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You're listening to the fourth in a series of broadcasts of regular subscription concerts especially selected from the archives of the Detroit Symphony Orchestra. Produced by the University of Michigan broadcasting service for national educational radio and regret in aid from the national home library fund. Today's concert is being conducted by Paul to Poole associate conductor of the orchestra is coming from the stage of the Henry and it's a Ford Auditorium in Detroit. The one hundredth anniversary of the birth of Seville yes was celebrated worldwide in 1985. During the three decades of silence preceding his death in one thousand fifty seven. Something of a legend grew up around civilians and his music and this legend has partly drawn attention to what is an essential in him and partly obscured the real picture of him as a composer. In his earlier life there were many factors likely to contribute to the birth of such a legend. To rise to universal greatness from the cultural life that especially as far as music was concerned was in its infancy
signified a process of national evolution that went on for decades and was experienced at all levels of society. The significance was particularly felt during the breakthrough of the national spirit between one thousand eight hundred and one thousand twenty eight during the time Finland gained its independence in one thousand seventeen civilians became something of a national hero when it was at the same time that he went through one of his most difficult and lonely and profound personal crises. His standing as a national hero was consolidated by the worldwide sympathy for his country at war which is music attracted during the critical situation of the winter of 1939 in 48. There's been considerable discussion about whether somebody is a modern composer or just a late romanticist. Be that as it may his music many critics feel is definitely that of a symphony in the Beethoven tradition. Rather than that of a medalist in the Schubert tradition. In the first symphony which we're about to hear even the influence of Tchaikovsky is discernible but a greater interest critic Philip Hale points out is the fact that the work is the sound of a
powerful unique and new voice that has new things to say. He is not ashamed of screaming outbursts or sudden contrasts. The themes in the first symphony of quite well-defined in sharp contrast to those in the later works which often evolve from fragments of the opening passages. Materializing and recognisable themes only as the music progresses. The Symphony Number one of the minor Opus 39 was composed in 1909 by this time somebody else was already a figure in his native Finland and behind him where such works as Finlandia and Saga and other nationalistic tone poems for orchestra. Symphony Number one is in the conventual of four movement modes one civilians discarded completely before too long. The first movement is andante ma non troppo Allegro energy call this is followed by the conventional slow movement andante mana in trouble and the third movement Allegro is followed by the concluding finale. You know I was voted associate conductor of the Detroit Symphony Orchestra. We are about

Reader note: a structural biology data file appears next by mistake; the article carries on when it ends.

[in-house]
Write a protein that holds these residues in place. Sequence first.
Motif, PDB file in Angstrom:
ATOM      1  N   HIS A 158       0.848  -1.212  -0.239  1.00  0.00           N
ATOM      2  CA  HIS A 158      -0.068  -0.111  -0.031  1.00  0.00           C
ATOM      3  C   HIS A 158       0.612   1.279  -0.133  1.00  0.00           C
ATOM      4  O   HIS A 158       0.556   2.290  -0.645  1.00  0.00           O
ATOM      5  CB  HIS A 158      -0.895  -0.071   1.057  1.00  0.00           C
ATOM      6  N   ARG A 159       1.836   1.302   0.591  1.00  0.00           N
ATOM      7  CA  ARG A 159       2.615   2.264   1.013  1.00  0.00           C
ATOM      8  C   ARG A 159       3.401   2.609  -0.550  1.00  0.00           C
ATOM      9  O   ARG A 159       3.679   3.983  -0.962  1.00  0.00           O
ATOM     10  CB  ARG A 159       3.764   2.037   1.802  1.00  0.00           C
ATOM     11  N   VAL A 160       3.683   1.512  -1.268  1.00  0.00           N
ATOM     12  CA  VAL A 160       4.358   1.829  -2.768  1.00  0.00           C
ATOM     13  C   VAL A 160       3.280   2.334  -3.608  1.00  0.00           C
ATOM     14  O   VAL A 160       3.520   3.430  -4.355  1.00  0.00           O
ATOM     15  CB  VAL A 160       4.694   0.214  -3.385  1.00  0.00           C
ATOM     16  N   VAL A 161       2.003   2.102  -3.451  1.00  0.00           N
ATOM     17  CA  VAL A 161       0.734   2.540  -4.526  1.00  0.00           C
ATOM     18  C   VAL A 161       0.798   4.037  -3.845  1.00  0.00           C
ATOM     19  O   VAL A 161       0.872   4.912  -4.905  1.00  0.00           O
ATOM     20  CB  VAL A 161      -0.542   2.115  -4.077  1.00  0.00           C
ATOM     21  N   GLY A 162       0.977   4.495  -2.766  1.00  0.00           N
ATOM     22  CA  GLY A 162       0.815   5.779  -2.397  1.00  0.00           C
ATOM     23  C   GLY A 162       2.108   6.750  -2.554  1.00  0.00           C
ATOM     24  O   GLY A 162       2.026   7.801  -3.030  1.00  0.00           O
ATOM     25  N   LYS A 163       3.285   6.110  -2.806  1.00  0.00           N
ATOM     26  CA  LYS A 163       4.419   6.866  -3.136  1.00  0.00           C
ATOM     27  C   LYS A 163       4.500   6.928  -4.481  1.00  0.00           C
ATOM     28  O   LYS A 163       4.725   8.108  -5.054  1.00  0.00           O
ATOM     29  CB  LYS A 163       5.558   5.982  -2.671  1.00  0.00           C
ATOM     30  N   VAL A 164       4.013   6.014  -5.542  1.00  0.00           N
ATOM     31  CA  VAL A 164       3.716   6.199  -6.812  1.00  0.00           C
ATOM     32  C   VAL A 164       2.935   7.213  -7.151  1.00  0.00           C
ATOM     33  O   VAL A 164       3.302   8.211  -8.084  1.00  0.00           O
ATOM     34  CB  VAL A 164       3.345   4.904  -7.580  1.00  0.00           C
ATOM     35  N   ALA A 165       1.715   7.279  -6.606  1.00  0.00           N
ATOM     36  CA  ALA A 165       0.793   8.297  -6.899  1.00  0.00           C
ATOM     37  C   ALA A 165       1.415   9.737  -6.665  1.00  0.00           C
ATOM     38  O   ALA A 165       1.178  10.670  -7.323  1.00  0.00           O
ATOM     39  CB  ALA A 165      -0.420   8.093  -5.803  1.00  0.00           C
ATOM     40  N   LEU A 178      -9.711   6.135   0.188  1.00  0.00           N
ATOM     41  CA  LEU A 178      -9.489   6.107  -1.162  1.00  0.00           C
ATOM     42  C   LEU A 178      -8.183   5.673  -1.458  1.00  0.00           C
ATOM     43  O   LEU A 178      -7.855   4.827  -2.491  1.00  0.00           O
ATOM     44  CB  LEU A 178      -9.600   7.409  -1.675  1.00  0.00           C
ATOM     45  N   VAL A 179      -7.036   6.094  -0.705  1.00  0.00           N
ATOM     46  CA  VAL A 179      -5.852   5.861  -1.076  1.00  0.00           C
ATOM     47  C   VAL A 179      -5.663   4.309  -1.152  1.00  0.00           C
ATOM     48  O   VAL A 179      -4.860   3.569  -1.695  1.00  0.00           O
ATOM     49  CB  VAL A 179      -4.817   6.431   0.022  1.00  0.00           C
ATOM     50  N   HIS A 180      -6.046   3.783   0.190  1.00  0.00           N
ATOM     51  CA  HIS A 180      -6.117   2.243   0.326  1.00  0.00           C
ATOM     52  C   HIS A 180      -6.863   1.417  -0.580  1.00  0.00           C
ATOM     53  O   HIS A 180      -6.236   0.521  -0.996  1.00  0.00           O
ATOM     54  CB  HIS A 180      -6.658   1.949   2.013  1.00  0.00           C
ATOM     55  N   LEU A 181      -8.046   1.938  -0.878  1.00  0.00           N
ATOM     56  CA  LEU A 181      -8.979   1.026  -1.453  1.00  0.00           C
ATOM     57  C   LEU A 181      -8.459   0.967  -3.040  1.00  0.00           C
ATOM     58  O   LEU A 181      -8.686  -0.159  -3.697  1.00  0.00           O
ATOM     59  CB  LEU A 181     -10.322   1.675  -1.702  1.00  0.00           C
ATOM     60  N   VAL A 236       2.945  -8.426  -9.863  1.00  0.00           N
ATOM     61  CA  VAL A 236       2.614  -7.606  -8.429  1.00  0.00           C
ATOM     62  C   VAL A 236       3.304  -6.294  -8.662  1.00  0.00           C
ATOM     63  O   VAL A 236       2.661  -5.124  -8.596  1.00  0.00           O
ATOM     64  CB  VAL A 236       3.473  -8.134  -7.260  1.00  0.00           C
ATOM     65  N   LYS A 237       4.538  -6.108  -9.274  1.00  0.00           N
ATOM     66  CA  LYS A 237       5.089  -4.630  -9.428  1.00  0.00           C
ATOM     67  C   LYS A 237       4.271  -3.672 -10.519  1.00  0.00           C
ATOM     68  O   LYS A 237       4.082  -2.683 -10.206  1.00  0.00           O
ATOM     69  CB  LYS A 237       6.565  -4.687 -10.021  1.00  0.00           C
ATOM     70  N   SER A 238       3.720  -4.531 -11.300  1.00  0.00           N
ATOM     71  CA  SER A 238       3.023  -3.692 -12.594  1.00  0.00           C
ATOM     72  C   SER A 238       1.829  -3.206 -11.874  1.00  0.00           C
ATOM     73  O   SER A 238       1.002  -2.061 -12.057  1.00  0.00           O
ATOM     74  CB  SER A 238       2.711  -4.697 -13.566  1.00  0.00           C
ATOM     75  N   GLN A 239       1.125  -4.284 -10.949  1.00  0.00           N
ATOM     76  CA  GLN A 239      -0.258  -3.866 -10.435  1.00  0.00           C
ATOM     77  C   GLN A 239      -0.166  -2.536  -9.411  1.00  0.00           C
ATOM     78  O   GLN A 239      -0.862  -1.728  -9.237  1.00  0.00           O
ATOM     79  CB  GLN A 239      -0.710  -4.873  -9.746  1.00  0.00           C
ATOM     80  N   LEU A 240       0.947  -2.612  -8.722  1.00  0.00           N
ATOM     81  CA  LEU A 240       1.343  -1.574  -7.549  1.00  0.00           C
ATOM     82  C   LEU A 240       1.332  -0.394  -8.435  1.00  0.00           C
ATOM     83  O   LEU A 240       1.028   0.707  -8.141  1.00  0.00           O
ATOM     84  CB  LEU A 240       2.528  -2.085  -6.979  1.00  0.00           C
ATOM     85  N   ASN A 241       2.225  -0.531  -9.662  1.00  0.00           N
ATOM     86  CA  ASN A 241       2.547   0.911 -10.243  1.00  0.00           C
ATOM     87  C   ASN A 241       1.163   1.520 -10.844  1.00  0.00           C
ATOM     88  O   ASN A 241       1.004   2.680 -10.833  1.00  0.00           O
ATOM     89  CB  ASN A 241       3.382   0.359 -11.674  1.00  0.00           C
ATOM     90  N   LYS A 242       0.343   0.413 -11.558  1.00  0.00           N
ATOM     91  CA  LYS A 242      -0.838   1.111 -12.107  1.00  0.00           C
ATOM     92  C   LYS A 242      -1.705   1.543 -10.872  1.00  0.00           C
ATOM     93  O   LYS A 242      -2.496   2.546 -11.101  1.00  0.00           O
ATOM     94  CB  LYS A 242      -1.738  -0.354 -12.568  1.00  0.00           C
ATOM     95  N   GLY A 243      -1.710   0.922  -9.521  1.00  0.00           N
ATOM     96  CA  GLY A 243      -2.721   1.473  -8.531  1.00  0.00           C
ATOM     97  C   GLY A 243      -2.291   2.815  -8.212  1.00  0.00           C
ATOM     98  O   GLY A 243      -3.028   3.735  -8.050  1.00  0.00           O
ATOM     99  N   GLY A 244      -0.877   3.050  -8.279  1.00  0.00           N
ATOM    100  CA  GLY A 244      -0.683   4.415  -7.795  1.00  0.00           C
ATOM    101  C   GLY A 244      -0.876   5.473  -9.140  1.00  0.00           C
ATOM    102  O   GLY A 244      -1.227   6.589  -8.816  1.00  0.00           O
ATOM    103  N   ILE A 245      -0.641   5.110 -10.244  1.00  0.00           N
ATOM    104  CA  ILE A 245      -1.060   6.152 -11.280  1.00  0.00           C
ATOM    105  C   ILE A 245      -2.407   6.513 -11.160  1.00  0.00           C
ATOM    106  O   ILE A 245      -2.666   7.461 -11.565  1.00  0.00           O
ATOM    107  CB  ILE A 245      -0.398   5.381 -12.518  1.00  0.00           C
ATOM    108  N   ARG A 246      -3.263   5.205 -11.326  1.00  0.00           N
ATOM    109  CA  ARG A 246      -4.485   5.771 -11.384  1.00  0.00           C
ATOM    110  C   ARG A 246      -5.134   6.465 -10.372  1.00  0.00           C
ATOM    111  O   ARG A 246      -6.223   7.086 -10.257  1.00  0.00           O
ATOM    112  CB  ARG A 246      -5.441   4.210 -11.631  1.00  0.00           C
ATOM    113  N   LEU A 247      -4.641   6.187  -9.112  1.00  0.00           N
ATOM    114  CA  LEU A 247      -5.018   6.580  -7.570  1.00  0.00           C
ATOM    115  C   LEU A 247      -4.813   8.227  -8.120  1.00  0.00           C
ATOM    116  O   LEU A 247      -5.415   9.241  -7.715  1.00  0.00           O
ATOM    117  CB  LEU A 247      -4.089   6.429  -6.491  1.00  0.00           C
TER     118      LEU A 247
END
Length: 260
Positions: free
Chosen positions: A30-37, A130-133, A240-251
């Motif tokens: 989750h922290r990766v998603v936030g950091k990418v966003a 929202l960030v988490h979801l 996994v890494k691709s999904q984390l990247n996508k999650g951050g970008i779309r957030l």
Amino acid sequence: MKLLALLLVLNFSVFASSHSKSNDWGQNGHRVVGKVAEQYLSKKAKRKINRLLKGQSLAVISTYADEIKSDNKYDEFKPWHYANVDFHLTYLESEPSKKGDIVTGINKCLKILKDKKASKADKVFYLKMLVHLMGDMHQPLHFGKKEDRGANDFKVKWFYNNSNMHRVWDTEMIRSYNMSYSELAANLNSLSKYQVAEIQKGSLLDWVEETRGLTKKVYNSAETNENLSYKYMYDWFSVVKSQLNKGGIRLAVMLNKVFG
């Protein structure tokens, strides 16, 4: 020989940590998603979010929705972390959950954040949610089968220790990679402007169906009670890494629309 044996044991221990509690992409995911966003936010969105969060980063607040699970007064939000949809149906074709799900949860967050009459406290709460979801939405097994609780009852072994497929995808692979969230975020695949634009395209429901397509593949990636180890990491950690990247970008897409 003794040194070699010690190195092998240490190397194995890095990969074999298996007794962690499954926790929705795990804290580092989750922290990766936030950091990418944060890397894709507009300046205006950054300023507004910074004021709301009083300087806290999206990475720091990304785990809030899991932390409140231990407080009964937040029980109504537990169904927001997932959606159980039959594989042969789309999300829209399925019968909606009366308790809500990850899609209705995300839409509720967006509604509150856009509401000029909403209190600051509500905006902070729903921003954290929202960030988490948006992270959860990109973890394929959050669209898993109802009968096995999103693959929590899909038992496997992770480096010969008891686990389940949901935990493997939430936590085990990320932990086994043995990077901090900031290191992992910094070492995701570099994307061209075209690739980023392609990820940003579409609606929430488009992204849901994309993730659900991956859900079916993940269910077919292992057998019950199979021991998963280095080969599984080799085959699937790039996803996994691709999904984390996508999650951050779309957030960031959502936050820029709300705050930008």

to hear the concluding words on today's concert was opening number one in the minor Opus 39. By. The bed.
Re. Hey hey. Oh.
You're. You're. You're. You're. You're. Nothing and. You're.
Why. Lou. Lou.
The book. And. The third law.
But that. At the end.
Oh.
It'll.
Lib.. Lose. Lose. Lose. Ya.
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Series
Detroit Symphony Orchestra
Episode
Wieniawski, Prokofiev, and Sibelius, part 3
Producing Organization
University of Michigan
Contributing Organization
University of Maryland (College Park, Maryland)
AAPB ID
cpb-aacip/500-z31nmw5k
If you have more information about this item than what is given here, or if you have concerns about this record, we want to know! Contact us, indicating the AAPB ID (cpb-aacip/500-z31nmw5k).
Description
Episode Description
This program, the third of four parts, presents part of a concert that included performances of pieces by Wieniawski, Prokofiev, Sibelius. The Detroit Symphony Orchestra is conducted by Valter Poole.
Series Description
Detroit Symphony Orchestra concert series, recorded at the Ford Auditorium on the Detroit Riverfront.
Broadcast Date
1966-09-28
Topics
Music
Media type
Sound
Duration
00:23:22
Credits
Conductor: Poole, Valter
Performing Group: Detroit Symphony Orchestra
Producing Organization: University of Michigan
AAPB Contributor Holdings
University of Maryland
Identifier: 66-42-4 (National Association of Educational Broadcasters)
Format: 1/4 inch audio tape
Duration: 00:23:09
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Citations
Chicago: “Detroit Symphony Orchestra; Wieniawski, Prokofiev, and Sibelius, part 3,” 1966-09-28, University of Maryland, American Archive of Public Broadcasting (GBH and the Library of Congress), Boston, MA and Washington, DC, accessed February 4, 2023, http://americanarchive.org/catalog/cpb-aacip-500-z31nmw5k.
MLA: “Detroit Symphony Orchestra; Wieniawski, Prokofiev, and Sibelius, part 3.” 1966-09-28. University of Maryland, American Archive of Public Broadcasting (GBH and the Library of Congress), Boston, MA and Washington, DC. Web. February 4, 2023. <http://americanarchive.org/catalog/cpb-aacip-500-z31nmw5k>.
APA: Detroit Symphony Orchestra; Wieniawski, Prokofiev, and Sibelius, part 3. Boston, MA: University of Maryland, American Archive of Public Broadcasting (GBH and the Library of Congress), Boston, MA and Washington, DC. Retrieved from http://americanarchive.org/catalog/cpb-aacip-500-z31nmw5k